A former Logan City council worker says he was told to dump asbestos cement in general landfill and fears hundreds of people may have been exposed to the deadly fibres.

Scott Campbell was in charge of a team of men who laid footpaths across the Logan region, south of Brisbane.

From 1999 to 2003, his team replaced old asbestos Telstra pits with plastic pits.

He says he was exposed to deadly asbestos fibres every day as he laid down nearly half the footpaths in Logan suburbs.

"When you're doing footpaths you just scrape the grass off the top and a lot of time you hit these pits," he said.

"Because they're only five to 10 millimetres thick, they just explode."

Despite raising concerns, Mr Campbell says the workers were not given safety gear and were told to dump asbestos cement in general landfill.

"You've got to compete with contractors so you've got to do everything on the sly - you've got to take shortcuts and that's the way it was handled," he said.

Crews smash asbestos pit in front of school

He says hundreds of asbestos pits were mishandled.

In one instance, crews hit a pit in front of Crestmead State School as children were leaving to go home for the day.

He says they often disturbed old asbestos pits in front of passers-by.

"Because council had a lot more overheads than contractors, we had to cut a lot more corners to compete in the open market with contractors," he said.

Mr Campbell now worries he will contract an asbestos-related disease.

A spokesman for Logan City Council says it takes both the safety of employees and correct asbestos handling and management procedures very seriously.

"Council is not aware of the specific allegations being raised, however would be happy to investigate the detailed allegations should the former employee wish to raise them directly with council," the spokesman said.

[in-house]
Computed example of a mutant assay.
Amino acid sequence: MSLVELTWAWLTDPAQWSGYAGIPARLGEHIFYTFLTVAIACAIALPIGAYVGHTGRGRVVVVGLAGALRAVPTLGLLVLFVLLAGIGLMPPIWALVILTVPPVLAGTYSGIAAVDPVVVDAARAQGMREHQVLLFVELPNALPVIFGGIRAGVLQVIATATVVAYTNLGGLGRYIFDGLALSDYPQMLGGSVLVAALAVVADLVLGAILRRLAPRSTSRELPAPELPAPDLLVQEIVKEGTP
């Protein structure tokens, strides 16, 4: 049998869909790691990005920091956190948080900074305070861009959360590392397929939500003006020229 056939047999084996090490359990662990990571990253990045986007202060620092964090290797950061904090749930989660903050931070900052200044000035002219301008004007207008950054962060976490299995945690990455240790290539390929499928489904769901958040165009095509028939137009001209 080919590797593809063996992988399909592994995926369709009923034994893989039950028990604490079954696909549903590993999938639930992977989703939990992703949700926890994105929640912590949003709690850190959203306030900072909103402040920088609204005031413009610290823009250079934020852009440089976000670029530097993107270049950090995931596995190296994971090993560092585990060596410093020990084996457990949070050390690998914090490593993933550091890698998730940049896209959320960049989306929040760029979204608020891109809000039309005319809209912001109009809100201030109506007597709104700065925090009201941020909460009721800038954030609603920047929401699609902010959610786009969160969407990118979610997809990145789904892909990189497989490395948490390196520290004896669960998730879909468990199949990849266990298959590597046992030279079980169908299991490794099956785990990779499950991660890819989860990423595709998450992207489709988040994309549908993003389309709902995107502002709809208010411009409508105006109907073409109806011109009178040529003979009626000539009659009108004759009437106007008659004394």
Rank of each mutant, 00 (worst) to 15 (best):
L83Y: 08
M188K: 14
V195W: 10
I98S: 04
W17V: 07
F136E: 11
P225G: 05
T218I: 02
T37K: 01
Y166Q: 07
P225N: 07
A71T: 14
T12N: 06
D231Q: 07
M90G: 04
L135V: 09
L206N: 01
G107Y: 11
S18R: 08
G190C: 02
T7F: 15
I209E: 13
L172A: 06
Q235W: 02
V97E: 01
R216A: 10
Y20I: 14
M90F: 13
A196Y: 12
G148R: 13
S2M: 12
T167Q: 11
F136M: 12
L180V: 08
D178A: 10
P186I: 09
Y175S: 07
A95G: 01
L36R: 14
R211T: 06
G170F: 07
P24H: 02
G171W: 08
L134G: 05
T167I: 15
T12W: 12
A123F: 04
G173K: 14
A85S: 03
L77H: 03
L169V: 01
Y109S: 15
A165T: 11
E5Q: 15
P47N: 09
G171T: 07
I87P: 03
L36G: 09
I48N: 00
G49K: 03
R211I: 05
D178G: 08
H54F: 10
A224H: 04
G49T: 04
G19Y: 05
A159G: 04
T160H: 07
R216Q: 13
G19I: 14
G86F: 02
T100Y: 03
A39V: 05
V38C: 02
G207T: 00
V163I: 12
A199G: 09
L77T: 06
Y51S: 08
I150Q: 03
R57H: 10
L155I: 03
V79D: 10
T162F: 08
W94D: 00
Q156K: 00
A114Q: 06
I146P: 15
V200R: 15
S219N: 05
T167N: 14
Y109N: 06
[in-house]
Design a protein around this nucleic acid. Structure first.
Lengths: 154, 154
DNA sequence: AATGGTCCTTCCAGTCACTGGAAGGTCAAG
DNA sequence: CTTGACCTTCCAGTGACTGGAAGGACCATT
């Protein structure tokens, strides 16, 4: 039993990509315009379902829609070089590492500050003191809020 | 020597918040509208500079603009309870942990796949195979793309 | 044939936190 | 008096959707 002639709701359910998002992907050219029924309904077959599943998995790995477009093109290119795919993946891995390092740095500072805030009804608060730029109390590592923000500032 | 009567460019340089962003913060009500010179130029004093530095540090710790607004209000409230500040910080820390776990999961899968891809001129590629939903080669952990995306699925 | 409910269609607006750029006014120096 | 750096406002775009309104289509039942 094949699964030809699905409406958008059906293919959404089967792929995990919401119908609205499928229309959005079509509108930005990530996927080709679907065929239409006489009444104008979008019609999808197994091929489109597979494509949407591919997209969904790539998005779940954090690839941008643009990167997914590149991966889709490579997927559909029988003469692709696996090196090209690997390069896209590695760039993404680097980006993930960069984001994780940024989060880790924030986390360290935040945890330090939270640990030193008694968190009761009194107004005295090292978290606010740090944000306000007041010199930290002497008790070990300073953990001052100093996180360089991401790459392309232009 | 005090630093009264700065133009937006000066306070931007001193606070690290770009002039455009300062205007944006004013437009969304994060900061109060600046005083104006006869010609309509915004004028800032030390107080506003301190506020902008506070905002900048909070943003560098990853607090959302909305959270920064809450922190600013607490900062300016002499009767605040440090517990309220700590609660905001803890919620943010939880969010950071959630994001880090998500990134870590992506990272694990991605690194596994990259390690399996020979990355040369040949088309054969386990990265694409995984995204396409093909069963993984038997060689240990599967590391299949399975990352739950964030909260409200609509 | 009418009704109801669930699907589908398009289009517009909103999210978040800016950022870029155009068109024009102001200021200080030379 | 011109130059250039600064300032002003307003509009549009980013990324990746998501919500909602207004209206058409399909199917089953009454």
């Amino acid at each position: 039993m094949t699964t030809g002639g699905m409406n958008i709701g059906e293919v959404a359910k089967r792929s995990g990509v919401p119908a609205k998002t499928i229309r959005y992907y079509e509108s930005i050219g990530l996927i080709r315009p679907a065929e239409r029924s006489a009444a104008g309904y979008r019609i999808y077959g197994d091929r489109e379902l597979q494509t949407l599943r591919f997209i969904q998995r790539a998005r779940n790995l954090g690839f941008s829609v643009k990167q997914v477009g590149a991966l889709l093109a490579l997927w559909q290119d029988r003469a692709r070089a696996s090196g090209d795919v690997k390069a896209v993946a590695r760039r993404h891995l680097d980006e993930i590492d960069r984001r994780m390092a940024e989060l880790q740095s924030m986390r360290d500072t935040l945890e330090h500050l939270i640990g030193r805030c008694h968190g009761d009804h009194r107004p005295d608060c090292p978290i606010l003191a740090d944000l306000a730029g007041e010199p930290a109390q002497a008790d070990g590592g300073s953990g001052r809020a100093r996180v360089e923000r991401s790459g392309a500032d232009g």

More workers falling ill from asbestos exposure

The ABC has also learnt that a growing number of former Telstra workers are contracting deadly asbestos-related diseases.

Raymond Colbert from the Asbestos Related Disease Support Society Queensland says the overall number of workers falling ill from asbestos is steadily on the rise.

"[There's] a lot more places it's coming from now. You've got the people who are disturbing the existing product and they're doing it without that training and without that supervision," he said.

Among those are Telstra staff who built or maintained the pits.

"They should be sent a letter: 'You may have been exposed, monitor your health' and all that is is getting regular chest x-rays," he said.

More than 120 compensation claims have been made to Telstra in the past decade. Eighty people have received payouts and 11 claims are still pending.

A Telstra spokesman says the telco aims to manage compensation claims of any type to ensure they are handled sensitively and expeditiously.

"We handle asbestos claims on a case-by-case basis and claims are met from general operating costs," the spokesman said.

Asbestos support group solicitor Thady Blundell says there is serious concern about Telstra workers.

"We're starting to see people now develop asbestos disease who were exposed in the '70s and '80s, so there's been a regular incidence of asbestos disease amongst Telstra workers," he said.

"These pits and pipes were used all over the country."

 

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